• the council’s obligations to safeguard children and vulnerable adults are met
  • the public are protected from dishonest persons

7. The standards of safety and suitability are not set as a base minimum. They are set high to give the public the assurance it requires when using taxi services. The council does not have to strike an even balance between the driver’s right to work and the public’s right to protection. The public are entitled to be protected. This means that the council is entitled and bound to treat the safety of the public as the paramount consideration.

8. Taxis are used by almost everyone but they are used regularly by particularly vulnerable groups: children; the elderly; disabled people; and the intoxicated. A taxi driver has significant power over a passenger who places themselves, and their personal safety, in the driver’s hands.

9. As part of the assessment referred to in paragraph 4 above the council can consider convictions and cautions but also other outcomes or actions taken by the Police, other agencies and the civil courts.

10. Reference to convictions in this policy also includes cautions, warnings, reprimands, all forms of fixed penalty notices, restrictive type orders and any other relevant information. These must be reported to the council in the format and timescales stated in the relevant policy. In addition any circumstances relating to the licensee are potentially relevant if it relates to their safety and suitability to hold a licence.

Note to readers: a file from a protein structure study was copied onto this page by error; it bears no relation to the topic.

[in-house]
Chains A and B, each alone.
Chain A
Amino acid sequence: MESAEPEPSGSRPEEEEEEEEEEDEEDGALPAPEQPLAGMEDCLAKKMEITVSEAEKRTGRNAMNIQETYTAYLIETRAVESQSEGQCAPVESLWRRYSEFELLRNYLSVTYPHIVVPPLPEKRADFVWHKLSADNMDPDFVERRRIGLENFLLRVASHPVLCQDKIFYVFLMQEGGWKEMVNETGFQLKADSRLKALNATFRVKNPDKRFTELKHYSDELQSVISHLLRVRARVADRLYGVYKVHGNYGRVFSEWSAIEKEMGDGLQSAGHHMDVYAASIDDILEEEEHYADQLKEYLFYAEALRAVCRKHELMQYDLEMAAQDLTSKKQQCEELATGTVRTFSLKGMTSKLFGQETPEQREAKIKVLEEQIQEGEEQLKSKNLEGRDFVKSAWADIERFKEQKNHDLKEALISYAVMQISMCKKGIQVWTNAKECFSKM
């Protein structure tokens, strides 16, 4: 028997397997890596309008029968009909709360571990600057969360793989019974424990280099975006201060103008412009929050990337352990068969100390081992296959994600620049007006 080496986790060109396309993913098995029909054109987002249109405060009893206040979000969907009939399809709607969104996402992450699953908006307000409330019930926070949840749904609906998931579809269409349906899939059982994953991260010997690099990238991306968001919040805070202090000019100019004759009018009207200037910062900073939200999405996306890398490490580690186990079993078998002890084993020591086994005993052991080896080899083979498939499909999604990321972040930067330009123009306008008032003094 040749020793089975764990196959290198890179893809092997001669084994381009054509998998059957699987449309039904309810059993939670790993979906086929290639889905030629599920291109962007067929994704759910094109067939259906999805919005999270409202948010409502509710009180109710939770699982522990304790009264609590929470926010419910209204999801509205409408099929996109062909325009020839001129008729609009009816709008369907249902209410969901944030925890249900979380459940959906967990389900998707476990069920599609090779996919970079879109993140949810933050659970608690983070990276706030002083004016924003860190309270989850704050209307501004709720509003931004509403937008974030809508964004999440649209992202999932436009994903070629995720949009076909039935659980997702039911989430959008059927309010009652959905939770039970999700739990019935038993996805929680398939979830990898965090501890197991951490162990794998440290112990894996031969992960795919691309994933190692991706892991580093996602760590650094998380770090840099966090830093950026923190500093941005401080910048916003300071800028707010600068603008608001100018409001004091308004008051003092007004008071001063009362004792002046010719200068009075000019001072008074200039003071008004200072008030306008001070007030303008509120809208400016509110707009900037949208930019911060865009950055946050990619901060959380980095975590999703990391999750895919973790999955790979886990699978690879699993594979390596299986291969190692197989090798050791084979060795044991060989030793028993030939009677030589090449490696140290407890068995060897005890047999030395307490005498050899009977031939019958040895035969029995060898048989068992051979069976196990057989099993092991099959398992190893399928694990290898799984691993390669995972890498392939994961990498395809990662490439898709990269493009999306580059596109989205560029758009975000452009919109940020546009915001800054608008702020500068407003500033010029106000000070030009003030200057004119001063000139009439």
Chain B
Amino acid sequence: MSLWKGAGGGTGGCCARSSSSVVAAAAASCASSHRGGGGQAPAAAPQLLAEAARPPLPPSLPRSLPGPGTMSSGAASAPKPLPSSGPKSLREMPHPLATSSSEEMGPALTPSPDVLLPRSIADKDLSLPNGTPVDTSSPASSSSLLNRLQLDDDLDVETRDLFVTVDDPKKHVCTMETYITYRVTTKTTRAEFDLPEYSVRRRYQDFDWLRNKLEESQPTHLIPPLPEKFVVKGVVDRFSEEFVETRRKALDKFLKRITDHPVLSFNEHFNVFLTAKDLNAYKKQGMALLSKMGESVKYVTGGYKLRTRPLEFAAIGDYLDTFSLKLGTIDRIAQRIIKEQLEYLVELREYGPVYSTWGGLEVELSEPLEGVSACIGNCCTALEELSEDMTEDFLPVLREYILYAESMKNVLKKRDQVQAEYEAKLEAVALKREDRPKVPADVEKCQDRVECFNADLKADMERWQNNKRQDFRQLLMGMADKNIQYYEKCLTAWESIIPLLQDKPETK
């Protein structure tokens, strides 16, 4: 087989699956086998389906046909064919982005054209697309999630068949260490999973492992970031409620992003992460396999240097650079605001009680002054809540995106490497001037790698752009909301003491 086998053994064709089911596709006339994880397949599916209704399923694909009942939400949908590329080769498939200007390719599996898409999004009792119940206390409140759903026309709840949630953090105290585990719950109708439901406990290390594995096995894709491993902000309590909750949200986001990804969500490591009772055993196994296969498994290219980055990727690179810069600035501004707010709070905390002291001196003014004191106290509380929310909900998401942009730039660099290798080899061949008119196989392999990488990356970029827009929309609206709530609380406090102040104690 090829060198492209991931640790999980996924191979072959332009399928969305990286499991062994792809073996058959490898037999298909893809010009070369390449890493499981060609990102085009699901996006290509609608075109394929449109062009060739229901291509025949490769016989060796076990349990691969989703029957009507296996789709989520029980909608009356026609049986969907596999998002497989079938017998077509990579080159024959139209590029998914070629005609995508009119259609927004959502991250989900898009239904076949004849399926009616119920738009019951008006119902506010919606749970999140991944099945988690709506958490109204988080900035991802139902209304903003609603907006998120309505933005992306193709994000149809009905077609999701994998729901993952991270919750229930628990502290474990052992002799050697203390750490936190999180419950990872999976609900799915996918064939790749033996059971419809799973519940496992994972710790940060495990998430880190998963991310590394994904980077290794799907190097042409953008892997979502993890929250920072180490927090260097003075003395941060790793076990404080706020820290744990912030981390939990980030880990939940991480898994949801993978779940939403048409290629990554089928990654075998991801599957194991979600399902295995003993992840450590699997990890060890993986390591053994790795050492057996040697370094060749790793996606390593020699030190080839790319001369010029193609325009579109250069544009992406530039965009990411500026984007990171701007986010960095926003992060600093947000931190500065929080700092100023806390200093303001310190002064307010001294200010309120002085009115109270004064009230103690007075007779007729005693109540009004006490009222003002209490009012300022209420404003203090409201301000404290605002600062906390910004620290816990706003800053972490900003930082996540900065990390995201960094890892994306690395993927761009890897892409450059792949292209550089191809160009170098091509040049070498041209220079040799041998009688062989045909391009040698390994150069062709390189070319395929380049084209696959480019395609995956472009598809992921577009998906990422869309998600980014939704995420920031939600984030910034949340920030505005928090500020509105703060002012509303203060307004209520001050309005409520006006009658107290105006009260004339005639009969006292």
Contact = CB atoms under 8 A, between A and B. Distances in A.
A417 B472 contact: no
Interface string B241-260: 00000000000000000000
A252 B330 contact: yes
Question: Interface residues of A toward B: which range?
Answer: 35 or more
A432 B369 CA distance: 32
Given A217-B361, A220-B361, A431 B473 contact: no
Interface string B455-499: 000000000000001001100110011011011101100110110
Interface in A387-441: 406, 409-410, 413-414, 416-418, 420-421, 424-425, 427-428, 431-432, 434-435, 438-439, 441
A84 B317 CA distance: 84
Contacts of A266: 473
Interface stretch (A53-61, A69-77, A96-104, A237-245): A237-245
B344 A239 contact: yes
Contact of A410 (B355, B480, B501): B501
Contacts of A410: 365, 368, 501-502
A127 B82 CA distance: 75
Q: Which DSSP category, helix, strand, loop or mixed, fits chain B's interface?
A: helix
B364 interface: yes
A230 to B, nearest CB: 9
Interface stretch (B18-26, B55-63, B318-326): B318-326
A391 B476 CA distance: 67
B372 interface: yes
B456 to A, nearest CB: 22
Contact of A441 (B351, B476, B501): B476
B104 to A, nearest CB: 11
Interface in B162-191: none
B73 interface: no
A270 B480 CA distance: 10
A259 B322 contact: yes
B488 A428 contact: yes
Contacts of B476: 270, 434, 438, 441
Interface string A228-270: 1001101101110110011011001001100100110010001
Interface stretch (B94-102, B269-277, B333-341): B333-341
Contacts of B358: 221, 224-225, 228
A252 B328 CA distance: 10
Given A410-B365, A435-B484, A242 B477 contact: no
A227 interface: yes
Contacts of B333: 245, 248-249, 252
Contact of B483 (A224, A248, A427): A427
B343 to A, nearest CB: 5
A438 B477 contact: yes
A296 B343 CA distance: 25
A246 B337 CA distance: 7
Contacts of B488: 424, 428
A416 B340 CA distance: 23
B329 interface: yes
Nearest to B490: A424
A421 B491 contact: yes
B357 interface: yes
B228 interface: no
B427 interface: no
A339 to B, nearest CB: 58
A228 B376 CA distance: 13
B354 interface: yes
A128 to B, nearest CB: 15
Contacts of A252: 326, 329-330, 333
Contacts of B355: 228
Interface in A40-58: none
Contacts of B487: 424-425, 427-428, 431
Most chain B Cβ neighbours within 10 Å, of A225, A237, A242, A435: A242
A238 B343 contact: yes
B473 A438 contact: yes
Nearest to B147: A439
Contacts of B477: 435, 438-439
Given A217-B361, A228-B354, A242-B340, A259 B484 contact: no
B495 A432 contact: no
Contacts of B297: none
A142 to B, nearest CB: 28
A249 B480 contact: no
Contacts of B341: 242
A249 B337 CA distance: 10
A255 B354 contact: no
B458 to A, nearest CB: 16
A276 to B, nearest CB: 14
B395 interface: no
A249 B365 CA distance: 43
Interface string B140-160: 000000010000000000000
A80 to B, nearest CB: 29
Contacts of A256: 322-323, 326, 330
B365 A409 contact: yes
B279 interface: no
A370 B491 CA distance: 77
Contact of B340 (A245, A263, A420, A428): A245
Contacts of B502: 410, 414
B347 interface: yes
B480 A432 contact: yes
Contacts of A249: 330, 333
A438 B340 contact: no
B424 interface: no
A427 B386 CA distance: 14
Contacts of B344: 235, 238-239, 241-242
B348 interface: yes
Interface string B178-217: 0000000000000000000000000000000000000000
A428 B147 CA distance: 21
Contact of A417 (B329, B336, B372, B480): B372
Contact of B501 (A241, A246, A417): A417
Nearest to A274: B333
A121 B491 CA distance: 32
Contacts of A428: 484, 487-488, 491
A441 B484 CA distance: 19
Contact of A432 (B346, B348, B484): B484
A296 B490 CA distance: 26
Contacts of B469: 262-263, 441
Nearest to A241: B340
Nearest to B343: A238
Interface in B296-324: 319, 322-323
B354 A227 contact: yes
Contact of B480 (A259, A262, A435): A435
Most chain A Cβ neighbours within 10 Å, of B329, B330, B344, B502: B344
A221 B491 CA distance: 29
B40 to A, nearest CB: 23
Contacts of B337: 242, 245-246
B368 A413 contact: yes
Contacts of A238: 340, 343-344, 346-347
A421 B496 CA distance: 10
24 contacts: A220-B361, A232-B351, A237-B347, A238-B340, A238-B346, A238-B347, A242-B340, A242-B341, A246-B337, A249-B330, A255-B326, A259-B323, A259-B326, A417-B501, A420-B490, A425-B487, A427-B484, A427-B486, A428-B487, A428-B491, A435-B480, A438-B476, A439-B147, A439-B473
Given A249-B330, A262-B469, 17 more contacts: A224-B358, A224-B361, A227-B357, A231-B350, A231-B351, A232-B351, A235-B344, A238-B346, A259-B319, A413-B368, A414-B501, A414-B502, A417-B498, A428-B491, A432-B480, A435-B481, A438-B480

11. Matters which have not resulted in a criminal conviction (whether as a result of an acquittal, a conviction being quashed, a decision not to prosecute or an investigation which is continuing where the individual has been bailed) may be taken into account by the council. In addition, complaints where there was no police involvement may also be considered.

12. In the case of a new applicant who has been charged with any offences and is awaiting trial, the determination will be deferred until the trial has been completed or the charges withdrawn.